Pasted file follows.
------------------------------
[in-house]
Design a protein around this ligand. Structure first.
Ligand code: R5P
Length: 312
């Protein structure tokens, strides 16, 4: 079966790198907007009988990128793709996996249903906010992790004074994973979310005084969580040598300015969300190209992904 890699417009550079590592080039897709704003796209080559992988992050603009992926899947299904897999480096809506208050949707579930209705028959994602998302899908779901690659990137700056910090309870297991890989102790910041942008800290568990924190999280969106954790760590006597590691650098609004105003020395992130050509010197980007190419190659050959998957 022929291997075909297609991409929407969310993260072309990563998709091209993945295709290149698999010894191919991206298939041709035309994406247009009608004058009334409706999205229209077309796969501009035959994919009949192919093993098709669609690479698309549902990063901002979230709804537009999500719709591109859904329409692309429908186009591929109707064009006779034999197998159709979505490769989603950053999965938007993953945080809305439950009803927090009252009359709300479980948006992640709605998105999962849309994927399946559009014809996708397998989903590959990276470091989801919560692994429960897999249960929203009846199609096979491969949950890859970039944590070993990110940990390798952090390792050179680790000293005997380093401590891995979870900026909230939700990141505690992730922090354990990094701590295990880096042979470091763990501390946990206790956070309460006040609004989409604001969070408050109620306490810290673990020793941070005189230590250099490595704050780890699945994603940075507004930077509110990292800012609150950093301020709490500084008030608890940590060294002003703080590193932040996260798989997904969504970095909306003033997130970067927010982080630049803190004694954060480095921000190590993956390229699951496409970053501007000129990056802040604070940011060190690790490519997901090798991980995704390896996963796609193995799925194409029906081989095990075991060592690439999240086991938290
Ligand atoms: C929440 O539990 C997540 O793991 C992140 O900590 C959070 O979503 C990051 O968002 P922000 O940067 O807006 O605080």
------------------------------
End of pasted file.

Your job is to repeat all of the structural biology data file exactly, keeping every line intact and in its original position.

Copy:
[in-house]
Design a protein around this ligand. Structure first.
Ligand code: R5P
Length: 312
């Protein structure tokens, strides 16, 4: 079966790198907007009988990128793709996996249903906010992790004074994973979310005084969580040598300015969300190209992904 890699417009550079590592080039897709704003796209080559992988992050603009992926899947299904897999480096809506208050949707579930209705028959994602998302899908779901690659990137700056910090309870297991890989102790910041942008800290568990924190999280969106954790760590006597590691650098609004105003020395992130050509010197980007190419190659050959998957 022929291997075909297609991409929407969310993260072309990563998709091209993945295709290149698999010894191919991206298939041709035309994406247009009608004058009334409706999205229209077309796969501009035959994919009949192919093993098709669609690479698309549902990063901002979230709804537009999500719709591109859904329409692309429908186009591929109707064009006779034999197998159709979505490769989603950053999965938007993953945080809305439950009803927090009252009359709300479980948006992640709605998105999962849309994927399946559009014809996708397998989903590959990276470091989801919560692994429960897999249960929203009846199609096979491969949950890859970039944590070993990110940990390798952090390792050179680790000293005997380093401590891995979870900026909230939700990141505690992730922090354990990094701590295990880096042979470091763990501390946990206790956070309460006040609004989409604001969070408050109620306490810290673990020793941070005189230590250099490595704050780890699945994603940075507004930077509110990292800012609150950093301020709490500084008030608890940590060294002003703080590193932040996260798989997904969504970095909306003033997130970067927010982080630049803190004694954060480095921000190590993956390229699951496409970053501007000129990056802040604070940011060190690790490519997901090798991980995704390896996963796609193995799925194409029906081989095990075991060592690439999240086991938290
Ligand atoms: C929440 O539990 C997540 O793991 C992140 O900590 C959070 O979503 C990051 O968002 P922000 O940067 O807006 O605080």